Signs that you are an Environmentalist

New Jersey, Raritan River Basin
New Jersey, South Branch of the Raritan River

Have you ever posted about Climate Change on social media?

Do you care about animals and their habitat?

Have you used the word “sediment?”

Have you ever talked about soil in casual conversation?

If you answered YES to any of the above questions, think about becoming a Rutgers University Certified Environmental Steward. No previous environmental training is necessary. Anyone with an interest in the environment and a passion for creating positive change in their community can become an Environmental Steward thanks to this upcoming lecture series.

You will get training in:

New Jersey, stream water monitoring training
New Jersey, stream water monitoring training

•Soil health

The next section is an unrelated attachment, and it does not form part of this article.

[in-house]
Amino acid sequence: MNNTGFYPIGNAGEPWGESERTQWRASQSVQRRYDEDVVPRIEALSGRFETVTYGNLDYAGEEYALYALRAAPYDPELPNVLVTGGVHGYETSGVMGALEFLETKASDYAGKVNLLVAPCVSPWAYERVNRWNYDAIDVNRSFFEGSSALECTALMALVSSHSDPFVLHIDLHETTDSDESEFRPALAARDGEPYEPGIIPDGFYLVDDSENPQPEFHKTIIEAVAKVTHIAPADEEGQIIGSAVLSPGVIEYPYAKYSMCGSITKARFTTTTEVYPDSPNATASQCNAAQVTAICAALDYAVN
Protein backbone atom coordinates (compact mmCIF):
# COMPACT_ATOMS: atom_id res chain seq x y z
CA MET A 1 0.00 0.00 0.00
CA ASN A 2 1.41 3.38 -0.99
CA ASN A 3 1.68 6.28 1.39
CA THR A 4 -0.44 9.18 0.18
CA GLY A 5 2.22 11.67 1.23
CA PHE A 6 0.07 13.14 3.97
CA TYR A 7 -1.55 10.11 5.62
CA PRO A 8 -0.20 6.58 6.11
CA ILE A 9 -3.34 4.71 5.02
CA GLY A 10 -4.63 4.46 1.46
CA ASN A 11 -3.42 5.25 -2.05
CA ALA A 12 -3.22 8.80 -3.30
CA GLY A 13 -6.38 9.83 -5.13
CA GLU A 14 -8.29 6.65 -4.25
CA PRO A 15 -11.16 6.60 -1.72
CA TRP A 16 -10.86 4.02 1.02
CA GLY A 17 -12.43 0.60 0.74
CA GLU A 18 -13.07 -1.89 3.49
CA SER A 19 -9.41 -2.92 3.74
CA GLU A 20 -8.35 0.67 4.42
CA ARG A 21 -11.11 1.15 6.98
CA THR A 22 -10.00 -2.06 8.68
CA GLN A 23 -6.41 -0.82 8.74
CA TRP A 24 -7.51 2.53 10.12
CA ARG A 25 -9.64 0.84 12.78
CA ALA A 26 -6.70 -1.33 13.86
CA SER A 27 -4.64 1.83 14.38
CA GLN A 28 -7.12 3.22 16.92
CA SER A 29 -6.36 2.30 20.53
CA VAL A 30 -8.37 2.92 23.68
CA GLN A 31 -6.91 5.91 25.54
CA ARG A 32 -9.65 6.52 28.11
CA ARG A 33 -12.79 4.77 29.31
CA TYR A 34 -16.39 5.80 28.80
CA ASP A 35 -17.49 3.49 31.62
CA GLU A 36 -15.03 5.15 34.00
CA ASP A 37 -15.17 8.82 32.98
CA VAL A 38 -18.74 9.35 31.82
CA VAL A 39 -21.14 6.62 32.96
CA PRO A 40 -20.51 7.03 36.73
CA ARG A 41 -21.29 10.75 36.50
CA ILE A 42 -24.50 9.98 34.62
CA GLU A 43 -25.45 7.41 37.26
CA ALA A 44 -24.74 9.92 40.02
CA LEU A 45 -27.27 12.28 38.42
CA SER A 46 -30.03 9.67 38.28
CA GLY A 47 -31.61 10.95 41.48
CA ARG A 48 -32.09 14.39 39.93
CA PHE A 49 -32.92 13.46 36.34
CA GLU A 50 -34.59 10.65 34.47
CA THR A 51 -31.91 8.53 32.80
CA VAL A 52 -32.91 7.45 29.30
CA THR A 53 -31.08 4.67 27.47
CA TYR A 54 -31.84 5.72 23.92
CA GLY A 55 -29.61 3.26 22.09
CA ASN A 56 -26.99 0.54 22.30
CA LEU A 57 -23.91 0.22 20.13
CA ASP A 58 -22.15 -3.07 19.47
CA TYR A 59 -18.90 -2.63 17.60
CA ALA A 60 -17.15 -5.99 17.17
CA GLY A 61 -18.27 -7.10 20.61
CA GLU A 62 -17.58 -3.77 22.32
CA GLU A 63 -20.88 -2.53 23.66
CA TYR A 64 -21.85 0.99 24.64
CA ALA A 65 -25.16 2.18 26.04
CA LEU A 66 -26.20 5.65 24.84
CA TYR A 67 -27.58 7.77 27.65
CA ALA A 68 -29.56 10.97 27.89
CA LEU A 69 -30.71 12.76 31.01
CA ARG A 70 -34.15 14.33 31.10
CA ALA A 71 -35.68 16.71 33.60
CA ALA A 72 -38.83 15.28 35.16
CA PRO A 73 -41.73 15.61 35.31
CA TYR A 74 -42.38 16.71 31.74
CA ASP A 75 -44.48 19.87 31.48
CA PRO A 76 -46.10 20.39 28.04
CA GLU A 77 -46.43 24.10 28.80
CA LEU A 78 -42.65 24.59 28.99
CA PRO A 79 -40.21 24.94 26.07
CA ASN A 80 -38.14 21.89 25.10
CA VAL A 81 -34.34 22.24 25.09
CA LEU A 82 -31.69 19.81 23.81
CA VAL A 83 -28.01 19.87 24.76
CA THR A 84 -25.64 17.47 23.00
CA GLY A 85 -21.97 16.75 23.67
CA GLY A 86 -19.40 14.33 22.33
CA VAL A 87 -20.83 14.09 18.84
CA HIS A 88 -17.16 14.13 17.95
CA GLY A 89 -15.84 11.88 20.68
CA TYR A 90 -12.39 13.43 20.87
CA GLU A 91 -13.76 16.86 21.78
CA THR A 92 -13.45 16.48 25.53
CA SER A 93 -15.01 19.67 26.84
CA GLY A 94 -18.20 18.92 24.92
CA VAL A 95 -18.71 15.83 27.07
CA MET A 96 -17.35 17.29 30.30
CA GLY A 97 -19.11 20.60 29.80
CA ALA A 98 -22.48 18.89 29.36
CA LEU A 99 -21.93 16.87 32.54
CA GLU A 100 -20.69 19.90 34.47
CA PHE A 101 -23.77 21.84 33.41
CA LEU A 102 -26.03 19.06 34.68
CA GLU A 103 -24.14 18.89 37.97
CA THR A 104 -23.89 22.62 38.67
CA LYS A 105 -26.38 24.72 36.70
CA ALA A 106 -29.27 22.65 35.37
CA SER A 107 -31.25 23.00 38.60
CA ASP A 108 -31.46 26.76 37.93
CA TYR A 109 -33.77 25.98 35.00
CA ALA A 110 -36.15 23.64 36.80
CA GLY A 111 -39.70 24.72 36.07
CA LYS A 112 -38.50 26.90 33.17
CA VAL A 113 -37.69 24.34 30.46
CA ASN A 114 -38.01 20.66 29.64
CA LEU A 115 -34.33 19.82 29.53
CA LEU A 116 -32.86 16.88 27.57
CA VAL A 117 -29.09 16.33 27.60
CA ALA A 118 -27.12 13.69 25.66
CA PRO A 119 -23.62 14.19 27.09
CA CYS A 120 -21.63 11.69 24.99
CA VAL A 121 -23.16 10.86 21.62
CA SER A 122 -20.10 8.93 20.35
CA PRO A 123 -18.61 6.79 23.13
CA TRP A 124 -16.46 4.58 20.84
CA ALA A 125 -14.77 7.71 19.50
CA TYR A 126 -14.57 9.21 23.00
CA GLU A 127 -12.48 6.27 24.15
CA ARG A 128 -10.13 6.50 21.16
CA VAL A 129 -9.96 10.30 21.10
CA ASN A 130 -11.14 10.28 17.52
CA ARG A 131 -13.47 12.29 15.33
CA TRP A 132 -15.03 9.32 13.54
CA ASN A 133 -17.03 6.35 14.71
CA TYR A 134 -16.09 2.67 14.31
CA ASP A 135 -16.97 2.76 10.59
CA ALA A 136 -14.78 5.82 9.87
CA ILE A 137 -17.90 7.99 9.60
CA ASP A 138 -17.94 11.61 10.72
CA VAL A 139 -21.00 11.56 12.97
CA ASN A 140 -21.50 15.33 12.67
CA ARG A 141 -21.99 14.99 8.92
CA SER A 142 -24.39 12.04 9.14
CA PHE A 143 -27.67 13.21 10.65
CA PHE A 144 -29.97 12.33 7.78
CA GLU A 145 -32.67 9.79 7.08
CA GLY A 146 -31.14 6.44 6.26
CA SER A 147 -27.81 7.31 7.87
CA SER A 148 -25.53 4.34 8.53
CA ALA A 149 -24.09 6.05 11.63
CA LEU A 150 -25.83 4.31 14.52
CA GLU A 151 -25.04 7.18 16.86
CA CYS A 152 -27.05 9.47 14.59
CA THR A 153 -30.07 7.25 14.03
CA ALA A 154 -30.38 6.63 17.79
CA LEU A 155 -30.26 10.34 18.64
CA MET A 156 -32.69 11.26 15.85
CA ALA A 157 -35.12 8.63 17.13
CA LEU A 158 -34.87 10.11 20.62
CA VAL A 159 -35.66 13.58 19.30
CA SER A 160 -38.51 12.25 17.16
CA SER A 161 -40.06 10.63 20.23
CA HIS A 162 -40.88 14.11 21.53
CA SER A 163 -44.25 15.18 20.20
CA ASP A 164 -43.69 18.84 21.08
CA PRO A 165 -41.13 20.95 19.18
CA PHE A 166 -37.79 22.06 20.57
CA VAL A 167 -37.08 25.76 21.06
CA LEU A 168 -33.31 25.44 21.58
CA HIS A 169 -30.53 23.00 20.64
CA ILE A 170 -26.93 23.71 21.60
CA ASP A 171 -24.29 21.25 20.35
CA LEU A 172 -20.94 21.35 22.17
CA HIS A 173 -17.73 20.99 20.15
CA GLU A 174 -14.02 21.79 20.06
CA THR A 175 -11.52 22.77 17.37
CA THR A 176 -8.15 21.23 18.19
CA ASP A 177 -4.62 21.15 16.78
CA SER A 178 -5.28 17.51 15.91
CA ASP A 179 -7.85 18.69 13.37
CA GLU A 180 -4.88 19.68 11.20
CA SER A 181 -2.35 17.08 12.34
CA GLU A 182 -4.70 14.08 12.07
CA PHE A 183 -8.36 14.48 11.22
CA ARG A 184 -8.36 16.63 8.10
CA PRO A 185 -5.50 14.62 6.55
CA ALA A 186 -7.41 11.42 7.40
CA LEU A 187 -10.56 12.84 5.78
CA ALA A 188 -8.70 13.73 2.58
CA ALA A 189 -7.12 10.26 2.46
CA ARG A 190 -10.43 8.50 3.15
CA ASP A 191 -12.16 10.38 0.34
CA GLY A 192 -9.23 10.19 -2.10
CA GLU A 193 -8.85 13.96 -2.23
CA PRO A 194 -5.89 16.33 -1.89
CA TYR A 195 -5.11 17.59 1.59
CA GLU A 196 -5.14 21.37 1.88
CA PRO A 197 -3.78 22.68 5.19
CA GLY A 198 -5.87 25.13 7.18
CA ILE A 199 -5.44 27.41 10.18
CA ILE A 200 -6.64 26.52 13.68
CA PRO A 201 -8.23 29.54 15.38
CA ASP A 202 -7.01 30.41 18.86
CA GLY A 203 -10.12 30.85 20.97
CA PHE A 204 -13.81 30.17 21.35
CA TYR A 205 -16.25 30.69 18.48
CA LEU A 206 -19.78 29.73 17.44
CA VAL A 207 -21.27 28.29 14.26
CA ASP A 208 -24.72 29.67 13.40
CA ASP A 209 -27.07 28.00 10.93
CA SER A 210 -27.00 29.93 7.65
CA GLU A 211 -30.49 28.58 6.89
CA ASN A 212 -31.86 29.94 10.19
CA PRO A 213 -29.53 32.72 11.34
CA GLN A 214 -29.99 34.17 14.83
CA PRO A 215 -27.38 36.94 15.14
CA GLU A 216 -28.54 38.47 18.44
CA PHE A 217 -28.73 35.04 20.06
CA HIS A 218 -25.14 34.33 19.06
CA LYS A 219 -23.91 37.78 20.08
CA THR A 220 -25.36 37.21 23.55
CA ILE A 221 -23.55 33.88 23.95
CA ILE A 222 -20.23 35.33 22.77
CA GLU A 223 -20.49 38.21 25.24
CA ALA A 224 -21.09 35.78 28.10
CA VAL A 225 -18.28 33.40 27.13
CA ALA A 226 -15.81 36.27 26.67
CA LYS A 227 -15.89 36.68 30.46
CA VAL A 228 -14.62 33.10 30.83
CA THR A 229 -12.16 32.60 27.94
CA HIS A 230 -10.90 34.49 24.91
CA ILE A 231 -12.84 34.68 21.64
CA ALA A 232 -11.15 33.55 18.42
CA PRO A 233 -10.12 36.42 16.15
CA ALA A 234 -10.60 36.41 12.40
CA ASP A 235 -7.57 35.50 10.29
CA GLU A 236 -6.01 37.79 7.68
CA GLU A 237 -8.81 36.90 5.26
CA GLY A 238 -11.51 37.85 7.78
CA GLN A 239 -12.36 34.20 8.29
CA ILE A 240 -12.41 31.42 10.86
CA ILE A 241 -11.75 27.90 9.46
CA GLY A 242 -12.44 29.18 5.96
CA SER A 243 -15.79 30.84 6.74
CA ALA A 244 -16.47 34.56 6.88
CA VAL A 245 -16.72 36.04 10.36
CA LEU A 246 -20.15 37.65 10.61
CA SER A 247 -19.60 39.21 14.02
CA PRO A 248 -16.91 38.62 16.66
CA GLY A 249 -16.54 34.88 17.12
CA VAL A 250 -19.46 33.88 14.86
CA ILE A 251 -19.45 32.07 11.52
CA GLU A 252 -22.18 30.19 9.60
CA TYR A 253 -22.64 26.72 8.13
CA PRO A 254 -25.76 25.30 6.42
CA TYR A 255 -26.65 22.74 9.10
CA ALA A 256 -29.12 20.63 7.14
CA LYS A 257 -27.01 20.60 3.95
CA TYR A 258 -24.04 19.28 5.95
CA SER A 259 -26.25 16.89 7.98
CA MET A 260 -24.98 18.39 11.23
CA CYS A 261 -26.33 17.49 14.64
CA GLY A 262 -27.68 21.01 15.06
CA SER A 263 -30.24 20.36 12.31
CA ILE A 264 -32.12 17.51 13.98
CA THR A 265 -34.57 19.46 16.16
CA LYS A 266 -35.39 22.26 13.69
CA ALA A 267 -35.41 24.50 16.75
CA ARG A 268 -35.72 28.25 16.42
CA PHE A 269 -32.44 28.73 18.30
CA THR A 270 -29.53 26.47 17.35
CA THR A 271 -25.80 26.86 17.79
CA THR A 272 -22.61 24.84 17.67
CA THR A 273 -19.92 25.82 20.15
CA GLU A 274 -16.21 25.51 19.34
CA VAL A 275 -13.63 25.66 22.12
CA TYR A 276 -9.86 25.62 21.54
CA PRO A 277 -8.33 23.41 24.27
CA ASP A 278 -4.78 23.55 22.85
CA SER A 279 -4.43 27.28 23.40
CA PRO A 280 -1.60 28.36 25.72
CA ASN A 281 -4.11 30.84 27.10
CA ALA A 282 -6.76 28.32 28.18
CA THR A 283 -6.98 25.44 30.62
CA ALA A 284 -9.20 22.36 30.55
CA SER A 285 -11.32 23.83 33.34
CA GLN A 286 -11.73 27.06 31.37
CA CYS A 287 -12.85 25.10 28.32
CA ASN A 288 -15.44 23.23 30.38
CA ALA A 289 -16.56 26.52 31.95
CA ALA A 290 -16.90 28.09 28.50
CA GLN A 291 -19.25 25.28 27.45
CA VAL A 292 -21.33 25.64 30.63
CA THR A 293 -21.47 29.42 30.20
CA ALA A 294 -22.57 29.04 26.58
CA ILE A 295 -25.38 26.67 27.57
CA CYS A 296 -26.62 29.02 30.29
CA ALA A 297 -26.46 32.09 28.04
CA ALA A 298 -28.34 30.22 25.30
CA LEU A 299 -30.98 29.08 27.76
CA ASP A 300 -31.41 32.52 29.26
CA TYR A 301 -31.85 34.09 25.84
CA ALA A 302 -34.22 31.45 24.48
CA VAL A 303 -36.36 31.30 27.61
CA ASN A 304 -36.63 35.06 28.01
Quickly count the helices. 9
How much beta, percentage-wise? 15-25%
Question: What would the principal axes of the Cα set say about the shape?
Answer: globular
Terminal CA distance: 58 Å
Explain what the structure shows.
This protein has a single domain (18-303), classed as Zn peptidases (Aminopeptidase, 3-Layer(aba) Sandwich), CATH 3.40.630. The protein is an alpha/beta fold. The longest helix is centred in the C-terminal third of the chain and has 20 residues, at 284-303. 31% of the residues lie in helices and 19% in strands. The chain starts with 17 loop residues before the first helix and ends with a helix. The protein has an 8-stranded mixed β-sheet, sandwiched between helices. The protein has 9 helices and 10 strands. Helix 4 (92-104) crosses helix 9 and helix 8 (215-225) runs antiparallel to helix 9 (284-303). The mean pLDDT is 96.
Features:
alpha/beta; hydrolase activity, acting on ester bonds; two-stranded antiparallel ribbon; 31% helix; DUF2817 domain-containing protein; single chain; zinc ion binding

•Climate change
•Habitat protection & restoration
•Stormwater management
•Energy conservation
•Geology
•Invasive species
•Municipal planning & ordinances
•Volunteer Monitoring
•Civic Science

The program is designed to give participants a better understanding of local issues that are important and to improve their own watersheds. Special focus will be on the Lower Raritan River Basin and invasive species management.

The program will be conducted at multiple locations in New Jersey.  It will include 60 hours of lecture and a 60-hour internship.  Classes will be on Wednesday evenings starting January 27th at 6:30 pm, continuing through June. The program is $250.00.  More info on the program website here.

Pass this along to folks who may be interested! It’s a great program!

– Posted by Jasmine Graf, NWNL Associate Director

Lion Populations to Decline by Half

 

East Africa, Kenya, Mara River Basin, lioness with cubs
East Africa, Kenya, Mara River Basin, lioness with cubs

Lions are currently considered “vulnerable” by the International Union for Conservation of Nature, but if upcoming assessments change their status to “endangered” they will be considered at “a very high risk of extinction in the wild”.  Scientists estimate that a mere 20,000 lions are left in all of Africa and that number will be halved in 20 years.